block.`sss2_input`

: True if the macroscopic group constants were generated by Serpent 2. False otherwise`pre_concs`

: The names of the precursor concentration variables`account_delayed`

: Whether to account for delayed neutron production. Modifies the neutron source term

`Variables`

Block

The `Variables`

block is used to indicate the primary solution variables, or
equivalently, to indicate the number of partial differential equations (PDEs)
that will be defined in the Kernels and BCs blocks. For this
model, the `group1`

and `group2`

neutron fluxes and the fuel and moderator
`temp`

(temperature) are the system variables that are being solved for by the
PDEs. In the Kernels and BCs blocks described below, each
kernel and BC term must be associated with one primary variable from the
`Variables`

list below to indicate which PDE the term is included in.

```
[Variables]
[./group1]
order = FIRST
family = LAGRANGE
initial_condition = 1
scaling = 1e4
[../]
[./group2]
order = FIRST
family = LAGRANGE
initial_condition = 1
scaling = 1e4
[../]
[./temp]
initial_condition = ${ini_temp}
scaling = 1e-4
[../]
[]
```

Sub-blocks are initialized with `[./<object_name>]`

and closed with `[../]`

. The
`[./group1]`

sub-block creates a `MooseVariable`

object with the name `group1`

.
The parameters purpose of the parameter is as follows:

`family`

describes the shape function type used to form the approximate finite element solution.`order`

denotes the polynomial order of the shape functions.`initial_condition`

is an optional parameter that can be used to set a spatially uniform initial value for the variable.`scaling`

is another optional parameter that can be used to scale the residual of the corresponding variable; this is usually done when different variables have residuals of different orders of magnitude.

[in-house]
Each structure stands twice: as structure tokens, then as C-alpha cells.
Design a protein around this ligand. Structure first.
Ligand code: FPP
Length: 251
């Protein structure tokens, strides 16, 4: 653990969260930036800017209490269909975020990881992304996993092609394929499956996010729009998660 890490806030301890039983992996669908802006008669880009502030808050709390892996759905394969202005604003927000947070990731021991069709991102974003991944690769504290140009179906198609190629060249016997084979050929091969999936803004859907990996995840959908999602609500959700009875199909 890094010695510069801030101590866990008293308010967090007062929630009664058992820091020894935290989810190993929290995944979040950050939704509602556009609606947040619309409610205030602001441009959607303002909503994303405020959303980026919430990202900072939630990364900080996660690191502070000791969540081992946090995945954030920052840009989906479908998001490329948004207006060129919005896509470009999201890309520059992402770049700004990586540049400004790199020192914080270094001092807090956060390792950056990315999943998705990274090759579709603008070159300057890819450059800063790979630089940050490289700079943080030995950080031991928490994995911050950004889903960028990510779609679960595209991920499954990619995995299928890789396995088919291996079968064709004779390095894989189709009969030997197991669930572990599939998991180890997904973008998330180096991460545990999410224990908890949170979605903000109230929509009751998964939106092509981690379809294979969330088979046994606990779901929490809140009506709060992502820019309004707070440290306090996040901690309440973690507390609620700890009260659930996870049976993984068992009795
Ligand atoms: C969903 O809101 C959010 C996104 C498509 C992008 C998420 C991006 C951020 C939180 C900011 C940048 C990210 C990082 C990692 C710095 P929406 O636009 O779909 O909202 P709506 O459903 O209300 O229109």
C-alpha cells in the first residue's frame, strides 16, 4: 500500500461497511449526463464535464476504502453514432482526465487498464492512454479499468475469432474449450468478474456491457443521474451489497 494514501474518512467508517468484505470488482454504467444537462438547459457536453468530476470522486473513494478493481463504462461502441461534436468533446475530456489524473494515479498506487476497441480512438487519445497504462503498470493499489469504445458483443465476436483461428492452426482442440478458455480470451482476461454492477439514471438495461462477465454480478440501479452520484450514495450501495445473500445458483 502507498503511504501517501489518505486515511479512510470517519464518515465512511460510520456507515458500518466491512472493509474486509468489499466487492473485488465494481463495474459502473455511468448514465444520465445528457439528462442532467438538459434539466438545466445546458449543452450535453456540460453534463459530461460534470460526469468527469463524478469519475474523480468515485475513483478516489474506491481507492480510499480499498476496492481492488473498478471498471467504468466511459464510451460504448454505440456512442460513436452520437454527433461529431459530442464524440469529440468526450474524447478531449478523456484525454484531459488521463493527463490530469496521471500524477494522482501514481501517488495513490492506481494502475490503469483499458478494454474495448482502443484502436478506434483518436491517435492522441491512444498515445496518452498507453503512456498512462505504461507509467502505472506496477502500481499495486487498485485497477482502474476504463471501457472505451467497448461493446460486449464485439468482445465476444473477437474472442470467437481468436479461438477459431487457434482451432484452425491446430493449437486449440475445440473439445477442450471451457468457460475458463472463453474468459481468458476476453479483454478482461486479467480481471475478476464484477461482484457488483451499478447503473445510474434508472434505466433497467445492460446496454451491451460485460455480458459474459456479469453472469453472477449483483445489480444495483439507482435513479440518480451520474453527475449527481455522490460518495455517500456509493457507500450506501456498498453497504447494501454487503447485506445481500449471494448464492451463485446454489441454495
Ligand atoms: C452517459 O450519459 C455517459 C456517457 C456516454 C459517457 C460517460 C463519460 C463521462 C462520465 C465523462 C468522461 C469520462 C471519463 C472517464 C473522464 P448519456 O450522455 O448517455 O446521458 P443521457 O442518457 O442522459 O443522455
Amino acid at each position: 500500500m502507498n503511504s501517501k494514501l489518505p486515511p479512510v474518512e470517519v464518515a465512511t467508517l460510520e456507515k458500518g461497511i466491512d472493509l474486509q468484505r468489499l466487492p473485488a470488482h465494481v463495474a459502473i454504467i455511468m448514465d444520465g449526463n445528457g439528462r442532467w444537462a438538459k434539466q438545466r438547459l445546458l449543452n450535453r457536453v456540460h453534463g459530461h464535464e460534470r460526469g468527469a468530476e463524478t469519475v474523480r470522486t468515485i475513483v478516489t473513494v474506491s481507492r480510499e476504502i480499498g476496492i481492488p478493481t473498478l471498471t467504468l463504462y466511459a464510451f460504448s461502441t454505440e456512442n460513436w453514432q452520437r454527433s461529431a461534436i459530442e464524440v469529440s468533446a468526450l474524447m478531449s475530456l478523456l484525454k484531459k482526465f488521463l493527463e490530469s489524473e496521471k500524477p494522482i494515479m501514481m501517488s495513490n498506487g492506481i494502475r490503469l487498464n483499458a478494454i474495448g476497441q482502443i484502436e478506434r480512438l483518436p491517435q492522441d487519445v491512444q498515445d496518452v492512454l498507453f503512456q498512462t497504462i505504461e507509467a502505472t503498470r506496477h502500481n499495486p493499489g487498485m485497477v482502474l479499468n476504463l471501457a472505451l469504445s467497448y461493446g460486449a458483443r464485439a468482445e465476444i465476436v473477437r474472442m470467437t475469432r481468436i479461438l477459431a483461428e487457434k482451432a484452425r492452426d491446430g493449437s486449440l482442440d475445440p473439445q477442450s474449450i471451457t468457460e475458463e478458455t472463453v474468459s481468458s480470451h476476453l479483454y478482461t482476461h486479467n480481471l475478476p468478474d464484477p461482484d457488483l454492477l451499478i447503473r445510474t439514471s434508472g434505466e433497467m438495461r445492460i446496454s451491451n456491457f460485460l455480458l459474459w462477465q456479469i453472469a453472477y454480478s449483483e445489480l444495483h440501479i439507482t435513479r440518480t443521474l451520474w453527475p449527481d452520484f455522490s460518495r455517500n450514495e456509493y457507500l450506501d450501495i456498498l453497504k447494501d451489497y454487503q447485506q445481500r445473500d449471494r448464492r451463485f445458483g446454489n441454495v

`Mesh`

Block

Next in our input file we have the `Mesh`

block. The two most commonly used `Mesh`

types are `FileMesh`

and `GeneratedMesh`

. The `Mesh`

input block by default assumes
type `FileMesh`

and takes a parameter argument `file = <mesh_file_name>`

.

```
[Mesh]
file = '2-D_lattice_structured.msh'
[]
```

Many MOOSE users generate their meshes using
Cubit/Trelis. For national lab employees this software is free; however,
academic or industry users must pay. Consequently, Moltres meshes to date have
been generated using the software gmsh which is free and
open source. Binaries for Windows, Mac, and Linux as well as source code can be
downloaded here. Ubuntu users may also install
`gmsh`

using `sudo apt-get install gmsh`

. We will not go into the details of
using `gmsh`

but the interested user should peruse its
documentation. There are many example
`gmsh`

input files in the Moltres repository (denoted by the `.geo`

extension). To generate a mesh for use with Moltres, a typical bash command is
`gmsh -2 -o file_name.msh file_name.geo`

where `2`

should be replaced with the
dimension of the mesh, the argument following `-o`

is the name of the output
`.msh`

file, and the last argument is the input `.geo`

file.

Gmsh or Cubit can be used for generation of highly complex mesh
structures. However, if the user just wishes to generate a simple mesh, he/she
may use MOOSE’s built-in type `GeneratedMesh`

. For using `GeneratedMesh`

we
refer the reader here.

`Problem`

Block

Next in our example input file, we have the `Problem`